File Scanning Framework
What is the ‘file scanning framework’?
Network defenders should be empowered to drive capabilities forward how they see fit. This is the philosophy upon which, FSF was designed.
FSF is a modular, recursive file scanning solution. FSF enables analysts to extend the utility of the Yara signatures they write and define actionable intelligence within a file. This is accomplished by recursively scanning a file and looking for opportunities to extract file objects using a combination of Yara signatures (to define opportunities) and programmable logic (to define what to do with the opportunity). The framework allows you to build out your intelligence capability by empowering you to apply observations wrought out of the analytical process…
Okay that’s a mouthful – but think about it – if you see that some pattern (maybe a string or a byte sequence) that represents some concept or behavior; through the use of the framework, you are positioned to capture that observation and apply it to certain file types that meet your criteria. The goal being, to help extend the utility for observations from malware analysis and reverse engineering efforts.
Some examples might be: * Uncompressing ZIP files and scanning their contents. * Decoding a malware config file that matches a specific signature, then parsing the meta data. * General metadata enrichment for any file type. * Logging the compile time for any EXE * Logging the author field for office documents * So much more...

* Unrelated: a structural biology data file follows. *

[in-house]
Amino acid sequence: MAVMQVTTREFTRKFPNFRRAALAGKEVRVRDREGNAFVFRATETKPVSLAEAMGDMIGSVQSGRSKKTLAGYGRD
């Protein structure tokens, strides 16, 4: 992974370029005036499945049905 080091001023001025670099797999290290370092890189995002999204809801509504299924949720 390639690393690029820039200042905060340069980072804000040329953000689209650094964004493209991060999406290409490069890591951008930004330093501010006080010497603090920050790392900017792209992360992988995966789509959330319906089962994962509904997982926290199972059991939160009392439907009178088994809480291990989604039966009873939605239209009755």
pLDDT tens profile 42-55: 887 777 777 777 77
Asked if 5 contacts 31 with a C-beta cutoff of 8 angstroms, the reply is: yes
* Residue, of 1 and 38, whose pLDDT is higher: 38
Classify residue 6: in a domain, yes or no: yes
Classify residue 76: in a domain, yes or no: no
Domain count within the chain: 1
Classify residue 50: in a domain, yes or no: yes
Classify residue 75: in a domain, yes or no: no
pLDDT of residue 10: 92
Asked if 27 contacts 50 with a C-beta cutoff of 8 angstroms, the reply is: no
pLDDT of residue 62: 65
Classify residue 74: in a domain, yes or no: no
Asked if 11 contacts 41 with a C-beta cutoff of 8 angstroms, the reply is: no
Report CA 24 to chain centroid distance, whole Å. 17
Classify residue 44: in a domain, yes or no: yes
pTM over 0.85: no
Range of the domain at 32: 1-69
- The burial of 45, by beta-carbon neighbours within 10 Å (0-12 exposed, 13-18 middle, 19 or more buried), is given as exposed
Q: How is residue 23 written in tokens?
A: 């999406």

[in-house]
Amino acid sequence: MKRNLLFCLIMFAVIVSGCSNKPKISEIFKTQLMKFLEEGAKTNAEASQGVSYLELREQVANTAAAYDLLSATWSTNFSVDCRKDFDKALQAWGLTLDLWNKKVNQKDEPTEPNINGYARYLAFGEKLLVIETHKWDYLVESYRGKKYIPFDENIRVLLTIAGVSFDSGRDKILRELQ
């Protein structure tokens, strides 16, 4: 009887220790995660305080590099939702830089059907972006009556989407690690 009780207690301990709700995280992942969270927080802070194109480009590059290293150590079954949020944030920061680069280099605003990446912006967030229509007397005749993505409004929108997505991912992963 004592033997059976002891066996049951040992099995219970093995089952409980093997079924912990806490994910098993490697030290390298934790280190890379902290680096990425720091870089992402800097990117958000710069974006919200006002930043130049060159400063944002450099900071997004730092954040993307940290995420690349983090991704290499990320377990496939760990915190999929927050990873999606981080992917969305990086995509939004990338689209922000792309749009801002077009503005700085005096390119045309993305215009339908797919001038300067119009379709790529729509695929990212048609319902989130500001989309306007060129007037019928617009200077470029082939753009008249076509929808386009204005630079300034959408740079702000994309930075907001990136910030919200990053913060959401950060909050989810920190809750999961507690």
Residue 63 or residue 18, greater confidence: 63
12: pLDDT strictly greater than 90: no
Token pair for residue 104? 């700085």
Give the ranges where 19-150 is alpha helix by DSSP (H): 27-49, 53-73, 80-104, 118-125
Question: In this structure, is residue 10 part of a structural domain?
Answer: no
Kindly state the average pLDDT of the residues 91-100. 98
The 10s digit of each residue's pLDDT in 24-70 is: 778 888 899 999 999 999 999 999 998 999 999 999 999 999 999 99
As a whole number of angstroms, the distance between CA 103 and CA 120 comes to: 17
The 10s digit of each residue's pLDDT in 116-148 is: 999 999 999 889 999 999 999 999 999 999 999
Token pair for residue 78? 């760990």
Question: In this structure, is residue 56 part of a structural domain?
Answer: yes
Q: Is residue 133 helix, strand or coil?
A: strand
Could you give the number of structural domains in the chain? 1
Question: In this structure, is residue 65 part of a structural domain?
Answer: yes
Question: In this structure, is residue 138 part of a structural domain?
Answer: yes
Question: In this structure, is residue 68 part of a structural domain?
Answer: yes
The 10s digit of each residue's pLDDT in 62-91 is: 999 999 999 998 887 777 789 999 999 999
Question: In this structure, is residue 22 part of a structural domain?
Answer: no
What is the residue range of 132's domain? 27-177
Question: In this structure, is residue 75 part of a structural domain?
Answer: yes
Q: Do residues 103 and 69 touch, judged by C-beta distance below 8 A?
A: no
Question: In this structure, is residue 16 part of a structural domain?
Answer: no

You can extend and define what’s important by writing modules that expose pieces of metadata that inform analysis and expose new sub objects of a file! These sub objects are recursively scanned through the same gauntlet, further enhancing both Yara and module utility.
Once that is complete, you can add jq filters using the post-processing feature to capture certain items of interest from FSF output. Both Yara and jq may be used to capture observations and drive innovative detections!
If we alert on a signature, how will we know?
This decision is left up to you since there are many ways to do this. One suggestion might be to aggregate and index the scan.log data using something like Splunk or with an ELK Stack. You can then build your alerting into the capability.
Is there a way I can take action on a specific rule hit from within the FSF? Like print out metadata for certain file types?
This is precisely what modules are for! Module development driven by analyst observations is a cornerstone of the FSF!
What if I want to capture high level observations and even detect on relationships between files that FSF exposes?
This is all done via a post-processing feature that is driven in large part by jq (a JSON interpreter). To learn more about how to write jq filters that work with the FSF post-processor, check out docs/jq_filters.md.
This is pretty cool – but I don’t really know that much about Yara or jq?
Check out the Yara official documentation for more information and examples for Yara.